Perhaps the most offensive aspect of this bill is its removal of the protection of due process for the accused. The 5th Amendment to the U.S. Constitution guarantees the right to due process, but this bill almost completely denies that right to those accused under its terms.

The right to due process is one of those really important rights for any free society – right up there with freedom of speech, freedom of religion, and the right to a trial by jury.

SOPA circumvents due process by making it so that the government (on the say-so of a copyright holder) has the right to take away something of yours (your website, and/or your money) without giving you a chance to challenge this. The takedown actions authorized under SOPA are effective immediately, and there is little to no burden of proof on those asking for the takedown, and even less chance of retribution on those asking for the takedown should their claims later be proven false.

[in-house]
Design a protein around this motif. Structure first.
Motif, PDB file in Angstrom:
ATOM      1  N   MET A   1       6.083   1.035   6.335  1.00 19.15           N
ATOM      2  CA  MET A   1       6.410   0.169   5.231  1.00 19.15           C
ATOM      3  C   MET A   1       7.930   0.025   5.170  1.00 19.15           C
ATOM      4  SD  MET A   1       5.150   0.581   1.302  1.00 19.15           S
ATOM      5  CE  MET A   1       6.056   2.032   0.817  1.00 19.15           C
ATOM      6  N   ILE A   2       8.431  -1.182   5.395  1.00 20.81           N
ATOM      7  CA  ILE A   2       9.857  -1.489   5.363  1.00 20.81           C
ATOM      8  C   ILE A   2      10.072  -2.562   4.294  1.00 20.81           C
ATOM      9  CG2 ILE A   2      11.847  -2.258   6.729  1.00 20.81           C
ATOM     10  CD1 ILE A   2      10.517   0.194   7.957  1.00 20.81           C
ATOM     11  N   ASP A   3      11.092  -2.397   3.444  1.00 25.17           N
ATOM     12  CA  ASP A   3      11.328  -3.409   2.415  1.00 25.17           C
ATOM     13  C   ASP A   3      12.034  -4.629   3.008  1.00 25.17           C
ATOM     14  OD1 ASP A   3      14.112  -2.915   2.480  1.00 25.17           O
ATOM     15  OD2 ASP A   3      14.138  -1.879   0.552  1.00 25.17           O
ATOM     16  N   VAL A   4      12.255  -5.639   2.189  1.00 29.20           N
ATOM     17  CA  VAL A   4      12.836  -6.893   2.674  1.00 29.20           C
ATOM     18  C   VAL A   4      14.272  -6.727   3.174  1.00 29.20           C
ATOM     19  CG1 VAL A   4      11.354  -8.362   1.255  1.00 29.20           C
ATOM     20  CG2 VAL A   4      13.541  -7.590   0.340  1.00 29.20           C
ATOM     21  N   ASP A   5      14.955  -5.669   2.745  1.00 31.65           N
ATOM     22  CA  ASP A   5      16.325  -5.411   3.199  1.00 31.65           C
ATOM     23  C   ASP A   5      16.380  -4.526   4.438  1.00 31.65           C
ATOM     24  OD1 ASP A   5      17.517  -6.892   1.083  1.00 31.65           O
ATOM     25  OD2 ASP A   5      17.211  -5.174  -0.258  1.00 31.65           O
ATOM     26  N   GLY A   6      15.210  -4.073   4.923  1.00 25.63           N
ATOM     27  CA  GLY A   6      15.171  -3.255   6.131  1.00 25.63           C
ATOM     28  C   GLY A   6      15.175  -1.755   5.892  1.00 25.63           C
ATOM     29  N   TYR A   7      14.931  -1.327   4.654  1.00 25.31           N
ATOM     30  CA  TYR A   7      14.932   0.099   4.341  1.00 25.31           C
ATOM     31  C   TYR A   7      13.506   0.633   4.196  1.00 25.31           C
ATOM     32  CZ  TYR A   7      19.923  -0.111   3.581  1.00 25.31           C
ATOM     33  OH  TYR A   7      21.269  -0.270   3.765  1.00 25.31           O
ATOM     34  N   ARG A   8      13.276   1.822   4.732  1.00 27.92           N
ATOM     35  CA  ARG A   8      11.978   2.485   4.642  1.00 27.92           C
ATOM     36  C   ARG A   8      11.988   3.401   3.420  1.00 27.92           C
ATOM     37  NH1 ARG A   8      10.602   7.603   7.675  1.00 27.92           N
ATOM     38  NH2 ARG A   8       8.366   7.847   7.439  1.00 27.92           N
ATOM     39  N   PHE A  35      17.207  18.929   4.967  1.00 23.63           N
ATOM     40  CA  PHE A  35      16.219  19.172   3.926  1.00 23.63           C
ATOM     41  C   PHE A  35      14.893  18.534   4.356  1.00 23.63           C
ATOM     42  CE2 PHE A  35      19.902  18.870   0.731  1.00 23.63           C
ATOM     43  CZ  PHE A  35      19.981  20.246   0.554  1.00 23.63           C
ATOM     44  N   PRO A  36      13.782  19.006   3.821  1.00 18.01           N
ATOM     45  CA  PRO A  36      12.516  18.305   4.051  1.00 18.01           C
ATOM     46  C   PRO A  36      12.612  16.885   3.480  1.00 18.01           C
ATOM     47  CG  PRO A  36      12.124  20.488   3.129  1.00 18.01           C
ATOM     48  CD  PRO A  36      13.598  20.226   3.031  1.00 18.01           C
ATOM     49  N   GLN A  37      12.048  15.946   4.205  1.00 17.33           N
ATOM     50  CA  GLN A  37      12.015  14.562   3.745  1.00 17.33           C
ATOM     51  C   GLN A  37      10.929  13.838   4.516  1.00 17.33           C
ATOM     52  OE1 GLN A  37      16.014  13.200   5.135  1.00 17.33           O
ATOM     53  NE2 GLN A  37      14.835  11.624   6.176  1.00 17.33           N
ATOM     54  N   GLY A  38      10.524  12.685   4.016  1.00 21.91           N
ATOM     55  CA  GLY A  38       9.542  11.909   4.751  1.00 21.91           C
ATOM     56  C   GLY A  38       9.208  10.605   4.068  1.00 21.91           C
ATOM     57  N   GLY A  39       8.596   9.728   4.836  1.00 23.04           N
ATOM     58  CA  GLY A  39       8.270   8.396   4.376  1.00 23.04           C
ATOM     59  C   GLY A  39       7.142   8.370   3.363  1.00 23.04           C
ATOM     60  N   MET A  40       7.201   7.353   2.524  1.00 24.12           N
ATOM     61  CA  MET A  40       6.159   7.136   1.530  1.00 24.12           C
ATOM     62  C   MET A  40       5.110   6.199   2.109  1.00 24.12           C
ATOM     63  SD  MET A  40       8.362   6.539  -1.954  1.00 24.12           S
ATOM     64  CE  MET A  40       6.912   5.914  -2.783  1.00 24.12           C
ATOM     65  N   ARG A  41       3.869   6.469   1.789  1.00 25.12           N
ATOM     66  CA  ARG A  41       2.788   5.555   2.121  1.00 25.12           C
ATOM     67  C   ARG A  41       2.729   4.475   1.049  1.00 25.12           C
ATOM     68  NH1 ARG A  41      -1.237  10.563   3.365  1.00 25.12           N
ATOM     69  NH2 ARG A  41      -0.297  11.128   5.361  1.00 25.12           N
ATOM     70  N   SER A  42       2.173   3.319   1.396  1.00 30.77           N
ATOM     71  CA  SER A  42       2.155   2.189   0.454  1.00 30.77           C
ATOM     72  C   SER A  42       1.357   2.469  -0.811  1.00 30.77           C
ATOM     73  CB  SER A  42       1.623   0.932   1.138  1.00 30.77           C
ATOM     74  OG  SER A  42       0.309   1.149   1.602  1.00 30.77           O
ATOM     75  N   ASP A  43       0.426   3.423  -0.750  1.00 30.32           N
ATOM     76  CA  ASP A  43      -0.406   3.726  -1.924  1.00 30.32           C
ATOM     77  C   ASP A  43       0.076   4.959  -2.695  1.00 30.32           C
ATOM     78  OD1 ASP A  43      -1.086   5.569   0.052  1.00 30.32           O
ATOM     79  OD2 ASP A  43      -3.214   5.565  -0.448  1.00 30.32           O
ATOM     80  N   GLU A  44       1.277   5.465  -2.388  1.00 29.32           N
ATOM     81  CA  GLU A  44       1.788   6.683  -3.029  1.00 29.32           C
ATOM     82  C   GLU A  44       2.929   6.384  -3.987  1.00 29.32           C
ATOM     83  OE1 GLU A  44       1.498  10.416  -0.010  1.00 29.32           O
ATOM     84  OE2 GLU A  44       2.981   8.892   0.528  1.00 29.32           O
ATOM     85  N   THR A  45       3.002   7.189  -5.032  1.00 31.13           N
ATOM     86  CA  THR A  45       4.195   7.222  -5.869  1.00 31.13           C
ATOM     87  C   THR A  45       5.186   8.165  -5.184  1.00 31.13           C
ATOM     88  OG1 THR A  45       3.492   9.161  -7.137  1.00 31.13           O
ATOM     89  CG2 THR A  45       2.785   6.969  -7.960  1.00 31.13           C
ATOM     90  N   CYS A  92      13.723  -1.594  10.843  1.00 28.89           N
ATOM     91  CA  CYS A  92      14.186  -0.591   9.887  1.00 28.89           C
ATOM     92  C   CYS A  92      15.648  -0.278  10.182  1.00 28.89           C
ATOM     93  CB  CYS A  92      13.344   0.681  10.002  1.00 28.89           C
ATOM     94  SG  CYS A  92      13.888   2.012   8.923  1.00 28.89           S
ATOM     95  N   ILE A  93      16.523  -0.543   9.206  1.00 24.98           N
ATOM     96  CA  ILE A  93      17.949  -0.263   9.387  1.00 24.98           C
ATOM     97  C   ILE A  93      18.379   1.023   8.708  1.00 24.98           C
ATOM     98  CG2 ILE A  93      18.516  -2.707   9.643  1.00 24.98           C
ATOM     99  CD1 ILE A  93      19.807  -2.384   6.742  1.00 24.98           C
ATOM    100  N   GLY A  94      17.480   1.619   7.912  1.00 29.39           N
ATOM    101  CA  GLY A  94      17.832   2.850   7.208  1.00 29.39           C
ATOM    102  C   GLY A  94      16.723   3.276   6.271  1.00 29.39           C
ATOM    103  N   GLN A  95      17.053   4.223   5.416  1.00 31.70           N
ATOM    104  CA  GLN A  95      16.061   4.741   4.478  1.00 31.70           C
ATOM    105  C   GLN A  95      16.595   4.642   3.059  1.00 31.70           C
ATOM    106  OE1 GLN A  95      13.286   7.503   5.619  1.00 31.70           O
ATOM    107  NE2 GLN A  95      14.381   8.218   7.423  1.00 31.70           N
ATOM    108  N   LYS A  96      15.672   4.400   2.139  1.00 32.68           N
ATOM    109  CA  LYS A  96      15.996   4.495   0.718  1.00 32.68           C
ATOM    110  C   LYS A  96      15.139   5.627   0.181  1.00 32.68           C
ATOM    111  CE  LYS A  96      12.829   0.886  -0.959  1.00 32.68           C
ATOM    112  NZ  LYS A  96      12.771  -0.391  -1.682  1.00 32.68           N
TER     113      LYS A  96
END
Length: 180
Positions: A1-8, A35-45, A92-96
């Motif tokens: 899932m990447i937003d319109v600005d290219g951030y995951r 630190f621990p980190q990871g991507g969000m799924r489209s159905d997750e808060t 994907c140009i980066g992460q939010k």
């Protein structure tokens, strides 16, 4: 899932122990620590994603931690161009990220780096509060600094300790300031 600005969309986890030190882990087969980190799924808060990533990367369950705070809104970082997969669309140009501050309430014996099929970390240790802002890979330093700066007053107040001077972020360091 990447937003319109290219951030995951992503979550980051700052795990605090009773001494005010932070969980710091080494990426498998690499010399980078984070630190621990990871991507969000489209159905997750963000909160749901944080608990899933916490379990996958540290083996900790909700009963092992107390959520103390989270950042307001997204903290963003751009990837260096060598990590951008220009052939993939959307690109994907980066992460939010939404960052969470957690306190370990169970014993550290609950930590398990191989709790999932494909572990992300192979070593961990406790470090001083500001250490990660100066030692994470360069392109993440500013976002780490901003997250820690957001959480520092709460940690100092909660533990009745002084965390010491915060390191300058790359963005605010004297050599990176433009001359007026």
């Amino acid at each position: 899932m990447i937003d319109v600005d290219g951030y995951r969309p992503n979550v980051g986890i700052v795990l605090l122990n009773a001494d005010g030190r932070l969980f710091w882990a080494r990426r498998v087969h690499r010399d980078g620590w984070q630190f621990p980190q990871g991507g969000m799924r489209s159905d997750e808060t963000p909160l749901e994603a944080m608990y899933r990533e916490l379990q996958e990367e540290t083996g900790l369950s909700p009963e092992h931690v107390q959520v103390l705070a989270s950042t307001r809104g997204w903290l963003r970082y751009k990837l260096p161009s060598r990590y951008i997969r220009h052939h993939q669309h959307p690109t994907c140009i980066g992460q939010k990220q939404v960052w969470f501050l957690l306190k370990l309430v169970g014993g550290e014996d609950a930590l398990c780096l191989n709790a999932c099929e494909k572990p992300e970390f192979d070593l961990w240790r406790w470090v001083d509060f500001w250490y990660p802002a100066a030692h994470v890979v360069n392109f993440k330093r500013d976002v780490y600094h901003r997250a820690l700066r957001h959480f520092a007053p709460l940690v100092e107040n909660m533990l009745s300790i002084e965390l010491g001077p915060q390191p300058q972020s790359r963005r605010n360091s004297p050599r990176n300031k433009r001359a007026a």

Immediate action can be understandable in some circumstances (child kidnapping, serial killers, etc.), but for something as mundane as copyright infringement, it seems a bit excessive.

Which brings me to my next point…

Excessively Broad

The text of SOPA is purposefully very, very, very broadly written. This, I think, stems from a desire to sort of “cover your bases,” by trying to be as broad as possible so there are no loopholes.